“Look at the filth and dust in your room!! Ugh! Can’t you clean up this mess???”. My mother was definitely in one of her more combative moods.
I turned a lazy eye around the room. Books lay haphazardly strewn over the lone table, a chocolate wrapper poked itself from beneath a debris of clothes lying in a corner, and the crowning glory of the room, yours truly, was lazily reclining on a bed on which lay an assortment of items, none of which you would find on an average bed. Indeed they were more likely to be found in your average trash can.
“All this is a consequence of man going farther and farther away from nature”, I said to my mother. “We men were meant to be one with nature. Ashes to Ashes. Dust to Dust. Isn’t that what the bible says? This obsession with cleanliness is just another path leading away from the real truth. Nature is God.” (The chap who said cleanliness is godliness must have had a heart attack if he had been anywhere near.)
Mom listened, gave a defeated shrug of her shoulders and walked off.
I returned to my lethargy.
There’s been so much hullabaloo over the reservation issue over the past year, with various sections of society up in arms over the governments proposed move to provide a 50% quota in higer education. Various points have been raised by both sides and the matter has been well and truly debated and dissected time and again in the national media. Perhaps that’s why I refrained from commenting so far. But a comment I overheard has got me thinking and hence this post.
First a little background. About two years back the Delhi government brought a law, supported by the delhi high court, which required that private schools being run on government leased land, provide a percentage of seats for free education for the backward sections of society. The reaction was predictable. Schools and parents came out with varied reasons as to why the government move was totalitarian in the extreme. The governments logic was that for schols runnig on govenment leased land, and with the lease rate as low as 1 rupee per acre, it was only fair that some of the benefits of education in the so called prestigous schools of the capital be passed down to the unprivileged sections of society. The schools finally agreed and the order was implemented.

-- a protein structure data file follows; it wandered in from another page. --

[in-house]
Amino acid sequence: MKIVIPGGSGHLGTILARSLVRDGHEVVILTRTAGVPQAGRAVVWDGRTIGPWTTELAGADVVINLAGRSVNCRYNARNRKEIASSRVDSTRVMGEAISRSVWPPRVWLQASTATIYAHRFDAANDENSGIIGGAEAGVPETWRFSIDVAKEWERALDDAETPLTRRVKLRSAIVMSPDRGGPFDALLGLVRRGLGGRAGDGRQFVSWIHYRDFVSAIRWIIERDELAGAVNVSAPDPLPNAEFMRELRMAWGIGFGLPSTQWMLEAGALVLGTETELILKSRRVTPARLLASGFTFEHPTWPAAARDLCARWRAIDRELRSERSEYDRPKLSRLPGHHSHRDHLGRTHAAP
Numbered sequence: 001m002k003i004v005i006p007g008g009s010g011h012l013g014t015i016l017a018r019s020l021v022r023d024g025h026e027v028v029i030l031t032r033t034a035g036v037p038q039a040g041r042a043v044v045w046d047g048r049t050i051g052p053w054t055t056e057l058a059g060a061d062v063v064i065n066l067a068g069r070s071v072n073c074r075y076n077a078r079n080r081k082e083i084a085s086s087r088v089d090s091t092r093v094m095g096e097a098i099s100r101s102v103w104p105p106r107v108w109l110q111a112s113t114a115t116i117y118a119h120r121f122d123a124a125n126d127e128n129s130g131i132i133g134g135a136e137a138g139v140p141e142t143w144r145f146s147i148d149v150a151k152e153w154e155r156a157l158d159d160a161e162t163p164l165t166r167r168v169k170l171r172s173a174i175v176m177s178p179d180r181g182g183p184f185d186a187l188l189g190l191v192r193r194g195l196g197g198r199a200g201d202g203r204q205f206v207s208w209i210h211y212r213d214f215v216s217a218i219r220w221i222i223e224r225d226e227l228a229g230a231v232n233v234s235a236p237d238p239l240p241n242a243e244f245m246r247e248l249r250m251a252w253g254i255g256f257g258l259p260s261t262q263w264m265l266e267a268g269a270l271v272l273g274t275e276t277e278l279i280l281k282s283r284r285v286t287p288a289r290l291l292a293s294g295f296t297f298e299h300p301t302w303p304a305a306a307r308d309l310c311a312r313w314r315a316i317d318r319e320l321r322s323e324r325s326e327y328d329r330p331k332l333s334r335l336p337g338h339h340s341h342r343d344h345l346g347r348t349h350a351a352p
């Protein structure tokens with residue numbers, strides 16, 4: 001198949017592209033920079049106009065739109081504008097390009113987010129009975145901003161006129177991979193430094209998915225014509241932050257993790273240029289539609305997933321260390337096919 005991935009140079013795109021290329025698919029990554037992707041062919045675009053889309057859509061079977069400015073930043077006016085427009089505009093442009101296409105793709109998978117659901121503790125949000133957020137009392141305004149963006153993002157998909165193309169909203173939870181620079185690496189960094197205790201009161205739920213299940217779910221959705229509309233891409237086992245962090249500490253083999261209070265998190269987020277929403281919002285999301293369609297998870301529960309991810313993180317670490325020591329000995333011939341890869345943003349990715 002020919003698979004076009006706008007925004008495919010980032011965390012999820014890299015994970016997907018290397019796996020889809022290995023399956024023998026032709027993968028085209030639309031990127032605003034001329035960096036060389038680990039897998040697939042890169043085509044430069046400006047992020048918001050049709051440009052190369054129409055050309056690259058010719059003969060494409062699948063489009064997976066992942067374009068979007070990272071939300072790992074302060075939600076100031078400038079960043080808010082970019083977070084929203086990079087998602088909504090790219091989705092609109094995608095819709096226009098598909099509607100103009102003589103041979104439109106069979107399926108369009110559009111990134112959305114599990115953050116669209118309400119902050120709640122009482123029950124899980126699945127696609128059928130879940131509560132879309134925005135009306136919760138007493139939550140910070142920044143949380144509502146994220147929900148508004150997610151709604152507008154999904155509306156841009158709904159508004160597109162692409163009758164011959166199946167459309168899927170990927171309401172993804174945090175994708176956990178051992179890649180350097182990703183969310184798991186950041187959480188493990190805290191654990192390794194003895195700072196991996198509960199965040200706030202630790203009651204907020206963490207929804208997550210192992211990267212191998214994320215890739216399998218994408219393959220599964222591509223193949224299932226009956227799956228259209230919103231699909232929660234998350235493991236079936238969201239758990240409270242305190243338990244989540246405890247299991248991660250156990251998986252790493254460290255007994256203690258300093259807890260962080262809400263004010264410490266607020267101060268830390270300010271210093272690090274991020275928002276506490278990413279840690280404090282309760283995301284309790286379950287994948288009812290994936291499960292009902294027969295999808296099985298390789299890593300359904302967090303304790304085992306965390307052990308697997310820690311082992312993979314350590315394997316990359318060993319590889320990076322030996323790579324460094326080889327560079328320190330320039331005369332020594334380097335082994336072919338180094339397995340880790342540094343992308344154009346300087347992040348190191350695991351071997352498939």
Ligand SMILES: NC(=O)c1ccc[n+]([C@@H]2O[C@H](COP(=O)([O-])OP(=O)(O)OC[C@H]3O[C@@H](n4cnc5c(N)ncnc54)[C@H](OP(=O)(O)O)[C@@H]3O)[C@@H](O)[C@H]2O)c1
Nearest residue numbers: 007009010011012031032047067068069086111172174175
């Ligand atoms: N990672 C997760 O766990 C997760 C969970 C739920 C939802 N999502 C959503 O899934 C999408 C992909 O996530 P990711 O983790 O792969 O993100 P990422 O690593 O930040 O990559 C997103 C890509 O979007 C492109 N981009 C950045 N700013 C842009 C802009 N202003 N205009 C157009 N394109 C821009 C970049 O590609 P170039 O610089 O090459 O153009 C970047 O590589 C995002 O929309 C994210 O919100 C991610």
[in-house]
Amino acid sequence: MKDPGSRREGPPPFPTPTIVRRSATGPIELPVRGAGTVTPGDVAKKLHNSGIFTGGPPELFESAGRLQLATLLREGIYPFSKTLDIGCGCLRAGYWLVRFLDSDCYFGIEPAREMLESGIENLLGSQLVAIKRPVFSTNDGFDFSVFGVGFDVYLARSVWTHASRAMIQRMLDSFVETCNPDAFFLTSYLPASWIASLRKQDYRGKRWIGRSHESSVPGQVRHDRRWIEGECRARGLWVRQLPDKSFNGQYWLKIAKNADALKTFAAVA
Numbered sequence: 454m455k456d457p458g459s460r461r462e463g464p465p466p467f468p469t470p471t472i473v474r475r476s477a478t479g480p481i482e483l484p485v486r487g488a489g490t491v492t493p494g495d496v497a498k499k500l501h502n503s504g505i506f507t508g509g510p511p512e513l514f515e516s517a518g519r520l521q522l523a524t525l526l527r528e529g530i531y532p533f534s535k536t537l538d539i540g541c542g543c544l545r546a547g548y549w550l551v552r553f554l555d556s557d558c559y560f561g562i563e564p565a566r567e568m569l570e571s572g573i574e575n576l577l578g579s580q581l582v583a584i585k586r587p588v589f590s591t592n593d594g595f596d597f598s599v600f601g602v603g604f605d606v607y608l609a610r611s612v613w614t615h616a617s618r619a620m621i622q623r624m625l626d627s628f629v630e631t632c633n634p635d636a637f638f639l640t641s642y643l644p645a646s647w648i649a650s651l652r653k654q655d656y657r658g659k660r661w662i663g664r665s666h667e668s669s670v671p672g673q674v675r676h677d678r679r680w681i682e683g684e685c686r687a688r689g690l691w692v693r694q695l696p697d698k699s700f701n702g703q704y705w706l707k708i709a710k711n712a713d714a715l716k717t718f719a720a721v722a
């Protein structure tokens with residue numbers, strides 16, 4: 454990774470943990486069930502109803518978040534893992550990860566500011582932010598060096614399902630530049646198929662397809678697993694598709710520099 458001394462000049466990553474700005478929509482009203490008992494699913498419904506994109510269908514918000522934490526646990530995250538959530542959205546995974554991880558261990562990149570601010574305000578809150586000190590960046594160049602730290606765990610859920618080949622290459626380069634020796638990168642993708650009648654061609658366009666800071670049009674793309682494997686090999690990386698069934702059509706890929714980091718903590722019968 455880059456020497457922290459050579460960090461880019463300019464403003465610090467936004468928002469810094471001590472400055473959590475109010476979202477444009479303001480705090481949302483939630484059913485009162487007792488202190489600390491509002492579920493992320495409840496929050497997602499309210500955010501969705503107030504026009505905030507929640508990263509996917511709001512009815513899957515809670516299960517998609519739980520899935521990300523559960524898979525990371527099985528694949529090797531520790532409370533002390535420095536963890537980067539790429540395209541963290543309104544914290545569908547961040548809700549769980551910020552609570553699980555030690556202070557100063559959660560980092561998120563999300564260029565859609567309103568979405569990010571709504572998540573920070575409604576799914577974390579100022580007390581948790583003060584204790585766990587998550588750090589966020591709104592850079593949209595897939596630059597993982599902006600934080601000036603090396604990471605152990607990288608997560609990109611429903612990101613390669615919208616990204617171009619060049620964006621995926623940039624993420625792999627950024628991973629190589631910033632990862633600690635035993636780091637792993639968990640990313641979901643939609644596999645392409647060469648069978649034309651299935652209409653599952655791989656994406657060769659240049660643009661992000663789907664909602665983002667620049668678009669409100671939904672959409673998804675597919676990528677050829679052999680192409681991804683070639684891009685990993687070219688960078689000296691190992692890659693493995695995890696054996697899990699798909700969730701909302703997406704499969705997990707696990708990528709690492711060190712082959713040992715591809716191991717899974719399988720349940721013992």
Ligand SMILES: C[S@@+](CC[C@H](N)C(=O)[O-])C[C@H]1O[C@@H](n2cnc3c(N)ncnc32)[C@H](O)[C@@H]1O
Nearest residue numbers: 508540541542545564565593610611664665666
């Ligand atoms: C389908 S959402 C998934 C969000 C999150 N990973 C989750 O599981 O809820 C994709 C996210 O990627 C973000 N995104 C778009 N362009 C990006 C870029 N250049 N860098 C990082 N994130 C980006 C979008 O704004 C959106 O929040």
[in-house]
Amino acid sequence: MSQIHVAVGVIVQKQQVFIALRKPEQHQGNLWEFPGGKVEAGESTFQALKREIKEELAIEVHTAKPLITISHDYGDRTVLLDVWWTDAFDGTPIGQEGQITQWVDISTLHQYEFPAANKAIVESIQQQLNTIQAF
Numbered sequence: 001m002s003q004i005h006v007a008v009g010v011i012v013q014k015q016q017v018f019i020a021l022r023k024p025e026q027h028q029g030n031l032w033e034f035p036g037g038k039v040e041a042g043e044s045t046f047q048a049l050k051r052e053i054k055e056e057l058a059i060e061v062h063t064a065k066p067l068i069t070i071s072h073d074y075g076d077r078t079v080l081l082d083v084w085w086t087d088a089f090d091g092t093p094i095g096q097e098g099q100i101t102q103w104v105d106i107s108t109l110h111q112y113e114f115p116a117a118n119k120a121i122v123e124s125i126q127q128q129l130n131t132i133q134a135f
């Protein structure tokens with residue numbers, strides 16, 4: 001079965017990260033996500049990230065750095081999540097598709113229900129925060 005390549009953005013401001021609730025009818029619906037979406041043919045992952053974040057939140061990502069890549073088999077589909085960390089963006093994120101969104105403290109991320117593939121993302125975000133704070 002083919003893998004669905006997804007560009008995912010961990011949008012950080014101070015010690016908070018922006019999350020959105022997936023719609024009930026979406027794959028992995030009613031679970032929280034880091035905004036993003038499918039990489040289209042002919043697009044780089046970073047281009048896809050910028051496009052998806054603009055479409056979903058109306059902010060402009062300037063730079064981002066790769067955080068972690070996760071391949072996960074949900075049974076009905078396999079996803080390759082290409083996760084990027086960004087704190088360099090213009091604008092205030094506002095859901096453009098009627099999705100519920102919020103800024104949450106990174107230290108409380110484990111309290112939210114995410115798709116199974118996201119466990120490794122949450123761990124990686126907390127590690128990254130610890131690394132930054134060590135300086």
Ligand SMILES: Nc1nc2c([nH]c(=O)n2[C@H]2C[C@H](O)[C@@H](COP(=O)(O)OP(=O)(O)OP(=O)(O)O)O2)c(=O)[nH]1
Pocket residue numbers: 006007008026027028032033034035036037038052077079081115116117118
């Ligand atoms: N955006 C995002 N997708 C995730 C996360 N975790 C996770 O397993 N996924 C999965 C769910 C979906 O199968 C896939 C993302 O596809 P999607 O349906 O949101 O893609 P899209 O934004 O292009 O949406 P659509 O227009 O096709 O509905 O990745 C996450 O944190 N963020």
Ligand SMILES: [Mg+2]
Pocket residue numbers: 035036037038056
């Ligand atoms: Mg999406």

Coming to the crux. I recently overheard a teacher (no I wasn’t eavesdropping) from a very respectable school complaining about the loss of standard in the junior sections she taught. “The crowd we get nowadays I tell you. The parent teacher meeting is a sham! All i see is village-type people. Ugh!”. I was shocked. I hadn’t expected this kind of prejudice from the so-called custodians of knowledge. Indeed if this is the situation with the teachers, then it’s not too hard to imagine the kind of treatment the students from the reserved seats might be getting from their classmates.
The government may be trying hard to push for affirmative action, but as long as this kind of prejudice exists in Indian society, I’m afraid it isn’t going to get far. Behind all the cries about dilution of merit from aggrieved organizations, there lies a fundamental bias, one that has been ingrained in Indian society since the first basic caste system evolved.
Don’t mistake my intentions here. I DO NOT suport the government’s across the board 50% reservation. It reeks of a cheap vote gimmick rather than a genuine intent towards social justice. The govt has been too short sighted while framing policy, and instead of a system based on caste, which only furthers prejudice, it should have opted for an economic condition based reservation, again with a distinct plan as to when and where the reservation benefits for a particular family or community should stop.
I myself am an OBC, and I wouldn’t have reached where I am today if it hadn’t been for the dirt cheap education my parents got. Through reservations. They both only had to pay a fraction of the fee in the colleges they studied in.
I wonder where I would have been today if there had been no reservations.